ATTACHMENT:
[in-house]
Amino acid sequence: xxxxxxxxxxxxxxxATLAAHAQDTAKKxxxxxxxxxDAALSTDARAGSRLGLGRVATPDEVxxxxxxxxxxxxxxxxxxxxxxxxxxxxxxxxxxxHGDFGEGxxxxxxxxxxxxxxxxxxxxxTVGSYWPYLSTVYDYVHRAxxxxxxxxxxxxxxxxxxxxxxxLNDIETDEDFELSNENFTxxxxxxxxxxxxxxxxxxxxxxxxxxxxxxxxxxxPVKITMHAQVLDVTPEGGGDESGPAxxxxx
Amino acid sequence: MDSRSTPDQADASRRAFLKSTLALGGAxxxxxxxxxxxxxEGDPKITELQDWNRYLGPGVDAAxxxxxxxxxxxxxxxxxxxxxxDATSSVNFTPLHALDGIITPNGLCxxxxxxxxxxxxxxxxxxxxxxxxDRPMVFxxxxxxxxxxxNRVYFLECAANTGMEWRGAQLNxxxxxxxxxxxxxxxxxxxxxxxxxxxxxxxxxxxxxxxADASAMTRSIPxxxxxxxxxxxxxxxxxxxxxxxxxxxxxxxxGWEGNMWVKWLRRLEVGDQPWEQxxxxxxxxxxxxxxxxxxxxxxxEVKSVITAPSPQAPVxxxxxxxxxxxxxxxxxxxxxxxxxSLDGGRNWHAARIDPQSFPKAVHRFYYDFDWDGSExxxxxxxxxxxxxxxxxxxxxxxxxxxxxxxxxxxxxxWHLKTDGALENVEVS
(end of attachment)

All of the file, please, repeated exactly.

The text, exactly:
[in-house]
Amino acid sequence: xxxxxxxxxxxxxxxATLAAHAQDTAKKxxxxxxxxxDAALSTDARAGSRLGLGRVATPDEVxxxxxxxxxxxxxxxxxxxxxxxxxxxxxxxxxxxHGDFGEGxxxxxxxxxxxxxxxxxxxxxTVGSYWPYLSTVYDYVHRAxxxxxxxxxxxxxxxxxxxxxxxLNDIETDEDFELSNENFTxxxxxxxxxxxxxxxxxxxxxxxxxxxxxxxxxxxPVKITMHAQVLDVTPEGGGDESGPAxxxxx
Amino acid sequence: MDSRSTPDQADASRRAFLKSTLALGGAxxxxxxxxxxxxxEGDPKITELQDWNRYLGPGVDAAxxxxxxxxxxxxxxxxxxxxxxDATSSVNFTPLHALDGIITPNGLCxxxxxxxxxxxxxxxxxxxxxxxxDRPMVFxxxxxxxxxxxNRVYFLECAANTGMEWRGAQLNxxxxxxxxxxxxxxxxxxxxxxxxxxxxxxxxxxxxxxxADASAMTRSIPxxxxxxxxxxxxxxxxxxxxxxxxxxxxxxxxGWEGNMWVKWLRRLEVGDQPWEQxxxxxxxxxxxxxxxxxxxxxxxEVKSVITAPSPQAPVxxxxxxxxxxxxxxxxxxxxxxxxxSLDGGRNWHAARIDPQSFPKAVHRFYYDFDWDGSExxxxxxxxxxxxxxxxxxxxxxxxxxxxxxxxxxxxxxWHLKTDGALENVEVS